Being bitten or otherwise injured by a dog can be a traumatic experience, both physically and psychologically. Those who suffer dog bites can often have significant scarring, suffer a great deal of pain, and suffer post-traumatic stress symptoms after such an event. Considering the significant physical and mental trauma a person can suffer because of a dog bite event, Illinois has laws in place for dog bite victims to seek compensation for the harm they have suffered.
An Overview of Illinois Dog Bite Laws
First, it is important to note that Illinois, like all other states, does have a statute of limitations in place for lawsuits pertaining to dog bite injuries. A statute of limitations is, essentially, a time restriction on when you can file a lawsuit. Once the statute of limitations has run out, you will be prevented from bringing legal action, except under extremely limited circumstances. In Illinois, the statute of limitations for a dog bite injury claim falls under the larger category of personal injury claims. Generally, an action for damages for an injury, including a dog bite injury, must commence within two years after the cause of action occurred. This means that you have two years from the date of the dog bite or other injury to file your personal injury complaint.
Illinois makes it clear that dog owners have a responsibility to take the necessary measures to keep others safe from their animals injuring others. It is a dog owner’s responsibility to make sure that their dogs remain secured on their property at all times. Illinois statute requires that all dogs on private property must be enclosed by a fence or other structure that is a minimum of six feet tall. The high fence is intended to prevent children from entering the property where the dog is located. Should a dog escape the owner’s property, the owner can still be held responsible for any damages caused by the dog. Furthermore, when an owner takes a dog for a walk, the dog must be leashed at all times.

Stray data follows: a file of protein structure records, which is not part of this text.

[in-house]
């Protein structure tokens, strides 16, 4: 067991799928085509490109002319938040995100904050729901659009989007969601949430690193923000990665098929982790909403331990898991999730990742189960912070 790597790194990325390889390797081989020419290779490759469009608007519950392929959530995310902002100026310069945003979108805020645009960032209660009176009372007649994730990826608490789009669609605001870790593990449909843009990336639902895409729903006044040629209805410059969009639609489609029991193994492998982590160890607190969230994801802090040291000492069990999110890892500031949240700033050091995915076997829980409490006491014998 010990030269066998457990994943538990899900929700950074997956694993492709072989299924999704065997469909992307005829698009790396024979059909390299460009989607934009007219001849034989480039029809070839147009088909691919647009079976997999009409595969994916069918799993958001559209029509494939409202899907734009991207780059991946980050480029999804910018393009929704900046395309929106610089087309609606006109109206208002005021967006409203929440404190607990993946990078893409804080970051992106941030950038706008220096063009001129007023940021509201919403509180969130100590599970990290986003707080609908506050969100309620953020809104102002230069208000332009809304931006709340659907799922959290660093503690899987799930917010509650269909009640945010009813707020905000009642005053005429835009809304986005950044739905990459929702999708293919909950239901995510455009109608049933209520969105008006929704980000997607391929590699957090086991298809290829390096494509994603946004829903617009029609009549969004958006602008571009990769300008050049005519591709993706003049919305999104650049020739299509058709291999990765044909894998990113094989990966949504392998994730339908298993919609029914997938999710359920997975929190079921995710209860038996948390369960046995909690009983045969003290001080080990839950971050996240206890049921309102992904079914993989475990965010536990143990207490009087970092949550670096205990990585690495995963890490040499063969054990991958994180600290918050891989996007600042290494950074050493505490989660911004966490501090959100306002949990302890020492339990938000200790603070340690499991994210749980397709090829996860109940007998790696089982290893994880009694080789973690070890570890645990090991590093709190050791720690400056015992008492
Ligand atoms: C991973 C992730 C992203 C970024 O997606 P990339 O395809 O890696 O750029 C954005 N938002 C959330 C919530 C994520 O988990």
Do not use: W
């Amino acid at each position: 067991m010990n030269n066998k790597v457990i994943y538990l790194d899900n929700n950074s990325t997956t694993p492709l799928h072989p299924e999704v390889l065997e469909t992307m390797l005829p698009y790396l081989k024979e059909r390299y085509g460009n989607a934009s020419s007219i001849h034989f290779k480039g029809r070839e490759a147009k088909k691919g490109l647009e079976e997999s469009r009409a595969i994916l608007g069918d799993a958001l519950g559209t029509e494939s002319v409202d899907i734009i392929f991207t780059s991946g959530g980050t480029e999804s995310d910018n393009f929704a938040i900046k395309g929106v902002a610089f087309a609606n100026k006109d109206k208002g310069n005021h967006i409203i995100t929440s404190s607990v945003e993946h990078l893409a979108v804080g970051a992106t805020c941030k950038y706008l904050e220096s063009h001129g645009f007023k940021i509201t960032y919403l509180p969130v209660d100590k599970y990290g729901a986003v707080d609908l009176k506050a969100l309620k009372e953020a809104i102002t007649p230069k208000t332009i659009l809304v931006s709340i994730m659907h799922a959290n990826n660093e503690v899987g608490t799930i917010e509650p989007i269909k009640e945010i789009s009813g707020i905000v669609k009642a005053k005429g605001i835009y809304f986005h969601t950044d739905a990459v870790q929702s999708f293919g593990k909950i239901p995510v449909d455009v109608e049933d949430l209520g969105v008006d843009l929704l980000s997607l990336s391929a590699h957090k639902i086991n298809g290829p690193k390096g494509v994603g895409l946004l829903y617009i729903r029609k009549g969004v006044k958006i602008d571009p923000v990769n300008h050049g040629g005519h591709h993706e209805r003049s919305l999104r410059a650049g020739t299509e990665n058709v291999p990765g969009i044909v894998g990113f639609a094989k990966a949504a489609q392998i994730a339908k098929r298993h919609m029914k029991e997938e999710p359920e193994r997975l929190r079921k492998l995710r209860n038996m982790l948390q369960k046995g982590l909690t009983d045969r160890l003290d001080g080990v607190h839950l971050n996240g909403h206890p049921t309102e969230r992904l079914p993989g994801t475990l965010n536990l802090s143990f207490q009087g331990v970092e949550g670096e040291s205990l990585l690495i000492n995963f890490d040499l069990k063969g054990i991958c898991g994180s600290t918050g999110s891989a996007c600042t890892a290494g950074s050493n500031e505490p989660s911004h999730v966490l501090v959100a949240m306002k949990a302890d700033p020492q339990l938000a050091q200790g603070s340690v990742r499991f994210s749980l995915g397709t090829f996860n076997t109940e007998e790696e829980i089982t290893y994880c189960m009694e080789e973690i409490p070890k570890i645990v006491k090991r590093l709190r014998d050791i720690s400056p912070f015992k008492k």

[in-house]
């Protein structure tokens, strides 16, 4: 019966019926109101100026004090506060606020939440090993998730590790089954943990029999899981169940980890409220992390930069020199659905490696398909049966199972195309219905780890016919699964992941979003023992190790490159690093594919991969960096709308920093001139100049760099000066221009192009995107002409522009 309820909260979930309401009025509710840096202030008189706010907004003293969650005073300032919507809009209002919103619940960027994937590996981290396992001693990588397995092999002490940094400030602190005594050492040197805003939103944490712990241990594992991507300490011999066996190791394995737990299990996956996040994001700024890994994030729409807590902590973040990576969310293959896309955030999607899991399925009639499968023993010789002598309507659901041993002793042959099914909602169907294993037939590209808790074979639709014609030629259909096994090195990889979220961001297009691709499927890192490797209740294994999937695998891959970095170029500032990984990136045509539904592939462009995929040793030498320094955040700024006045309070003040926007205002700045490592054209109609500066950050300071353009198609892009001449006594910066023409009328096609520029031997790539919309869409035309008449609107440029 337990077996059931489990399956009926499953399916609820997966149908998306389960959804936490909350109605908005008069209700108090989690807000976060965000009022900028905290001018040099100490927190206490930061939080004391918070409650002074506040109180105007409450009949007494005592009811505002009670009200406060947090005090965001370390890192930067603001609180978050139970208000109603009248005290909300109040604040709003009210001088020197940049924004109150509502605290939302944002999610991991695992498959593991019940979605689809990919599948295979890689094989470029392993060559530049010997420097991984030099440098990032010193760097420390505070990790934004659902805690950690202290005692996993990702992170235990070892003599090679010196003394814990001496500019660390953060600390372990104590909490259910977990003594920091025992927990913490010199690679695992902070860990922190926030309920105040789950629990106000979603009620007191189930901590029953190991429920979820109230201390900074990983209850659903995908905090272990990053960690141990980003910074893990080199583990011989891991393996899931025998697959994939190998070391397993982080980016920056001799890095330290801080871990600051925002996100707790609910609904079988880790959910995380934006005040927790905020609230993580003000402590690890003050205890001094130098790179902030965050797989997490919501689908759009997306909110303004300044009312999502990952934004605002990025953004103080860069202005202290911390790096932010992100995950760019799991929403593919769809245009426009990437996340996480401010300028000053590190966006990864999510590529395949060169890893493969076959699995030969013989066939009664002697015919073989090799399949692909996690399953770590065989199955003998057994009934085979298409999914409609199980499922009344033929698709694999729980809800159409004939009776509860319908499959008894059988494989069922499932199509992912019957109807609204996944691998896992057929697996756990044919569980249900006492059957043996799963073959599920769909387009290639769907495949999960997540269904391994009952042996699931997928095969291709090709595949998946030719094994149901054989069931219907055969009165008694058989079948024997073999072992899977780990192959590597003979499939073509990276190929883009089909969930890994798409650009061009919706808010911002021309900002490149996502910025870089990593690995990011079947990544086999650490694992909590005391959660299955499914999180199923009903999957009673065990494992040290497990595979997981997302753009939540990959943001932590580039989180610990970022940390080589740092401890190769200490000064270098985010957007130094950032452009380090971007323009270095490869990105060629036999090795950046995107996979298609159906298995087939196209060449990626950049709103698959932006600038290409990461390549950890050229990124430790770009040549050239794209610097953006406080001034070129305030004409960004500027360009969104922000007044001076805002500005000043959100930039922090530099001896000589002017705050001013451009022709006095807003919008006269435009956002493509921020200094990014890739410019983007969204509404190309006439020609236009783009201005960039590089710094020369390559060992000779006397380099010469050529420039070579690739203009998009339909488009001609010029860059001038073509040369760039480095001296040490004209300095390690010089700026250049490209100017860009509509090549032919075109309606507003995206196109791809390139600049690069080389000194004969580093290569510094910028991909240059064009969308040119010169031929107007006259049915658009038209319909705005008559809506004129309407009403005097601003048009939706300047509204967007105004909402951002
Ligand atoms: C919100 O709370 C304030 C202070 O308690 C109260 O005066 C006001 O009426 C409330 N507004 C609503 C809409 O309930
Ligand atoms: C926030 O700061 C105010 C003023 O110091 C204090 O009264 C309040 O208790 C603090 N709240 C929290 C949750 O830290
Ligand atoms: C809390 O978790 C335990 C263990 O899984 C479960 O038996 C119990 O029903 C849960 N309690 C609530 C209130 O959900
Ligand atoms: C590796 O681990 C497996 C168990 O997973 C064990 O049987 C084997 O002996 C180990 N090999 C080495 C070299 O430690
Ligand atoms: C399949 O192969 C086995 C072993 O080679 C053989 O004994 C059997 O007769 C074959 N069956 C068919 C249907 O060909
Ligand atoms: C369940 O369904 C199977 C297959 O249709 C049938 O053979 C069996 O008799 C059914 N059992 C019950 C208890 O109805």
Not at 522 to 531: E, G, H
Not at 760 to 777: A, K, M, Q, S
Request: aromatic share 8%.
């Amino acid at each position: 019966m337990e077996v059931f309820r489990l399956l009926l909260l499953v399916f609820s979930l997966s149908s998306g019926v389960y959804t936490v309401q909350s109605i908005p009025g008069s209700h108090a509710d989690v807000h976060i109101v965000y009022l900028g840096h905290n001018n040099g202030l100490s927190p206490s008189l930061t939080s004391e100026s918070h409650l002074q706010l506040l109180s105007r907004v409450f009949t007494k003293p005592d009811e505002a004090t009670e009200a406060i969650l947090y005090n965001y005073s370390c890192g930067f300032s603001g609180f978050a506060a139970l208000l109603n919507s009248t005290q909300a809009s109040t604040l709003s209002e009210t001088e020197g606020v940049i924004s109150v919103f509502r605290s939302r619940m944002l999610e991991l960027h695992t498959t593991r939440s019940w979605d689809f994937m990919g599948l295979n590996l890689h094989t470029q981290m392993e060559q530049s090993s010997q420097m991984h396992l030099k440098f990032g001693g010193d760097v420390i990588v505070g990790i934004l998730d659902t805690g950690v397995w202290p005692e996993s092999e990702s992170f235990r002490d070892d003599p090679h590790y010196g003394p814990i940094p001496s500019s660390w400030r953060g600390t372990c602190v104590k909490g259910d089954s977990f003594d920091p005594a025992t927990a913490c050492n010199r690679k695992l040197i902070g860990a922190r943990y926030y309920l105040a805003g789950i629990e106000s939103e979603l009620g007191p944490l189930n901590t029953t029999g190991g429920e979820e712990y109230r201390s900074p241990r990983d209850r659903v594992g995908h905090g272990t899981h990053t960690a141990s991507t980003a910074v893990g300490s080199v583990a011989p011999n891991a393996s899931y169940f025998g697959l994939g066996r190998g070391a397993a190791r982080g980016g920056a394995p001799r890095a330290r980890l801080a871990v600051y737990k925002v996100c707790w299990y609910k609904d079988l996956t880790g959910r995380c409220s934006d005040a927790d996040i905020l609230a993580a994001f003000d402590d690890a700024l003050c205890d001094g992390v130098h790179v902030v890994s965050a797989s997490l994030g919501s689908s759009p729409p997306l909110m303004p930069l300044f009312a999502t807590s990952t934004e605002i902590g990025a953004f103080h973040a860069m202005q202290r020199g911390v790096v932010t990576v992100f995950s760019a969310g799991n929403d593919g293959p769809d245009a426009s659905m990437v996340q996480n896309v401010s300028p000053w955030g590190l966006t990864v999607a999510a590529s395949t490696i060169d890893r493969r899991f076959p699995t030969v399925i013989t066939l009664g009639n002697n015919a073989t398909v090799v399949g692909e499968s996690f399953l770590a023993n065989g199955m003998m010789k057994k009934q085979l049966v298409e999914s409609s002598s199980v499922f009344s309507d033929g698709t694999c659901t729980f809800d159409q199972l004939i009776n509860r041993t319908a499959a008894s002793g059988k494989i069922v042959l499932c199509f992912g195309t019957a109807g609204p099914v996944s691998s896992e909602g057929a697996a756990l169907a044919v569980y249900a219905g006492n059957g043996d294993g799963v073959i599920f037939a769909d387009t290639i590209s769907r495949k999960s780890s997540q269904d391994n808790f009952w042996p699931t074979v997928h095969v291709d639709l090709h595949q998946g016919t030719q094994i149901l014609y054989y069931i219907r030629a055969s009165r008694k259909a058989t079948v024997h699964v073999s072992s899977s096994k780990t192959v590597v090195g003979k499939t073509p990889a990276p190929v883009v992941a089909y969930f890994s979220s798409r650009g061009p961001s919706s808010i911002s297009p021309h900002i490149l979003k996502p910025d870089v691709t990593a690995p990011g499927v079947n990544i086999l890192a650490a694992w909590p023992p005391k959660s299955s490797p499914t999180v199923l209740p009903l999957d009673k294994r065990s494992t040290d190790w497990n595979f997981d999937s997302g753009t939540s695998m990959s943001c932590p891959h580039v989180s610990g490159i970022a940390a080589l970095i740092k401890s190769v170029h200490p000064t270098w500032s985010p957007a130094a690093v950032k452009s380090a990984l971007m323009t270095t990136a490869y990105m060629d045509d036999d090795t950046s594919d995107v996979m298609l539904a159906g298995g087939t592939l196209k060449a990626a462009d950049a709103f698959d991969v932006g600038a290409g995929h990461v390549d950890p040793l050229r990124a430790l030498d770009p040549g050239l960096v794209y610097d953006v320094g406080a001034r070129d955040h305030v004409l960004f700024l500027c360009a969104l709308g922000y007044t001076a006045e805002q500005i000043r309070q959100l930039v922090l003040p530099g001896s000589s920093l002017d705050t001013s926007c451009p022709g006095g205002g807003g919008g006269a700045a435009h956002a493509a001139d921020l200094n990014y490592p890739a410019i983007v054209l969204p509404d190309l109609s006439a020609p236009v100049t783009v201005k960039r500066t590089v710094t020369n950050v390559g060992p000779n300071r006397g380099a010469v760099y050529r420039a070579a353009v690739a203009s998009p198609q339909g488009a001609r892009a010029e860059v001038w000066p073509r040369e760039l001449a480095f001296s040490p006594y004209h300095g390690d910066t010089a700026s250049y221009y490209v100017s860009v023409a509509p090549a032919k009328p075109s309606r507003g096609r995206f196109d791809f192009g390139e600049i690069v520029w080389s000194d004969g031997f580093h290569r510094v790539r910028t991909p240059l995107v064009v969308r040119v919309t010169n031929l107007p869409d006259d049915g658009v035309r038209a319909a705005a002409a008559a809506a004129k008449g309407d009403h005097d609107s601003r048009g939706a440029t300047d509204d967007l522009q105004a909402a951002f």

Illinois is a strict liability state when it comes to handling dog owners’ responsibility for dog bites. The fact that it is a strict liability state means that the dog owner cannot assert a defense of not knowing that the animal was dangerous or aggressive. Even if the dog never showed any signs of aggression, the owner may still be held liable for any harm caused. While this may not be a defense to a dog bite claim, the dog owner may still be able to assert various defenses to liability. For instance, a dog owner may argue that the injury victim did not have a lawful right to be where they were when attacked by the dog. Trespassers, for instance, may be prevented from bringing a personal injury claim for a dog bite. Additionally, a dog owner may assert that the animal was provoked. Provocation of the animal may also act as a bar to any personal injury claim for a dog bite incident.
Personal Injury Attorneys
Have you been bitten or otherwise harmed by a dog? Do not hesitate to get in touch with the experienced personal injury attorneys at Stein & Shulman, LLC. Contact us today.